Britons captured in Afghanistan may have targeted UK troops
Cahal Milmo is the chief reporter of The Independent and has been with the paper since 2000. He was born in London and previously worked at the Press Association news agency. He has reported on assignment at home and abroad, including Rwanda, Sudan and Burkina Faso, the phone hacking scandal and the London Olympics. In his spare time he is a keen runner and cyclist, and keeps an allotment.
Friday 22 July 2011
Two Britons believed to be of Pakistani origin were being questioned in Helmand last night after being captured by the SAS in a raid in western Afghanistan. It is claimed that the two – a man and a woman – may have arrived in the country to carry out attacks against British targets on behalf of the Taliban.
The pair were arrested at a hotel in Herat after being tracked by the intelligence services, which had been monitoring the activities of about a dozen British Muslims who had been travelling to Afghanistan with increasing frequency.
It is believed that the two, who were born in Pakistan and hold dual nationality, may have been temporarily "lost" by those tracking them after recently leaving the UK. They had arrived in Afghanistan via a third country and the decision to activate the Special Forces came after information was received from Afghan officials that they had booked into the Herat hotel.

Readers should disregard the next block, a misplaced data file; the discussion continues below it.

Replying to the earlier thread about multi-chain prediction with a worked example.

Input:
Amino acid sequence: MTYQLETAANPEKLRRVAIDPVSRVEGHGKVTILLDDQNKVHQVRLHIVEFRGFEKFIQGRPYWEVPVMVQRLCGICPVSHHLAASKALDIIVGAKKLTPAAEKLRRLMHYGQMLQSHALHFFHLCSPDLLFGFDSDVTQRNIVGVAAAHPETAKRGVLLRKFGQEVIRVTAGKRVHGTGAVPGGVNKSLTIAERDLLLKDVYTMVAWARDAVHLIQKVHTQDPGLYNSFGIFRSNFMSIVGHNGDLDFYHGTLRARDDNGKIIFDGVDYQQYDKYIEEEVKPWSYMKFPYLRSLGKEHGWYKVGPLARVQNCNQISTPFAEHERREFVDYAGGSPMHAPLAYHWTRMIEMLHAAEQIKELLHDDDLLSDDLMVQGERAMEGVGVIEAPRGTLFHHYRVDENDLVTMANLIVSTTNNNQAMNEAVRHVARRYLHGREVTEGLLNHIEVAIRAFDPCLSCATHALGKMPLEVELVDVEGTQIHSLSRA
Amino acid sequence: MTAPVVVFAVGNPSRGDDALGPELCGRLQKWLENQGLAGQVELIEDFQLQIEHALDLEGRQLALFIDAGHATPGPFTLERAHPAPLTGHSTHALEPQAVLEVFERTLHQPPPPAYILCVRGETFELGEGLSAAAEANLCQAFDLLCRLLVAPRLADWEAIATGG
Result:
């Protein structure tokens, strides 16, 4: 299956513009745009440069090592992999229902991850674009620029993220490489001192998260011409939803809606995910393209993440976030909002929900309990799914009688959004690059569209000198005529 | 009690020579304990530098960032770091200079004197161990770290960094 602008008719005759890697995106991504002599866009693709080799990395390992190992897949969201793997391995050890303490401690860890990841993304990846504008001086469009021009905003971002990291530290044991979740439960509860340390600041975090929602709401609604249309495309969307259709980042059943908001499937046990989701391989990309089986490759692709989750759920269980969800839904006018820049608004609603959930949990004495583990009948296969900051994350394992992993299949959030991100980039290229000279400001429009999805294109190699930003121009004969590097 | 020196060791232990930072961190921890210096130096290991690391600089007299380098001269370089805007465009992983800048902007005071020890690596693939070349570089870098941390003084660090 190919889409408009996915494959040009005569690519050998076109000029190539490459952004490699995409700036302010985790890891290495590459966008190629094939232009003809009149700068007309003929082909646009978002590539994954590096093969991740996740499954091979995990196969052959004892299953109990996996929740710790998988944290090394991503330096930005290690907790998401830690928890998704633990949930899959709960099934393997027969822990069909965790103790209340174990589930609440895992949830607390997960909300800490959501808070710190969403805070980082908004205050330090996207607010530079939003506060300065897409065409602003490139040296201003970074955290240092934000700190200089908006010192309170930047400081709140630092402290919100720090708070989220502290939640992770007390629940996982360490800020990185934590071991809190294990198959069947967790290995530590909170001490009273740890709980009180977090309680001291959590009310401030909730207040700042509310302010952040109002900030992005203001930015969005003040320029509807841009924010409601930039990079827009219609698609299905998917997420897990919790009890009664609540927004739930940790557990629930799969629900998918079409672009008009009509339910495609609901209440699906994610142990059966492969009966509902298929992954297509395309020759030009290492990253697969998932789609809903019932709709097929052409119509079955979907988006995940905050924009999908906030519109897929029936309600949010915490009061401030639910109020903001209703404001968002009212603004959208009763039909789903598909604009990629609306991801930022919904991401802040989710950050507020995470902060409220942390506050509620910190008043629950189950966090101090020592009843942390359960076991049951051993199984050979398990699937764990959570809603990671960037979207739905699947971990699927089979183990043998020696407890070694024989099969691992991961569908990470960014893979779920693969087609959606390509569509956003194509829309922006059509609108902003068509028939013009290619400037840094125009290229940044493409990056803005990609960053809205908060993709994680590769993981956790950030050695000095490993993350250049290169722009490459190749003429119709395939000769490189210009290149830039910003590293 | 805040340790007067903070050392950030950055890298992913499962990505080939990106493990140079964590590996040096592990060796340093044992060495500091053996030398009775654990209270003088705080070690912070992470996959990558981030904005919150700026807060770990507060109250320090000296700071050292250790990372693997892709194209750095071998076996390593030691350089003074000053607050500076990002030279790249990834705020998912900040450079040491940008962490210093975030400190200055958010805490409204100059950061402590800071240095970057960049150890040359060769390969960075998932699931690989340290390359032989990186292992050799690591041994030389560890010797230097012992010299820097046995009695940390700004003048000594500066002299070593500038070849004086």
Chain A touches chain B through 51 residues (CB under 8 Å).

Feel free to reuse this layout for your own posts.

The arrests were carried out days before the security control of Lashkar Gah, the Helmand provincial capital and the centre of UK operations in the country, was handed over to the government of Hamid Karzai after being deemed to be one of the safest parts of the country. Herat, too, was "transitioned" to Afghan control yesterday, part of the West's exit strategy from the war.
Security officials refused to comment on whether the two Britons were involved in planning attacks against British forces in Helmand. There were unverified reports that the Britons had planned to travel to the Afghan capital, Kabul, and also that they had been in contact with Iranian nationals.
They were flown to Camp Bastion, the huge British base now shared with the Americans, which was built in 2006 after the deployment to Helmand. Officials of the National Directorate of Security said the targets the two may have been considering were specifically British rather than linked to the Afghan government, although they could not provide further details.
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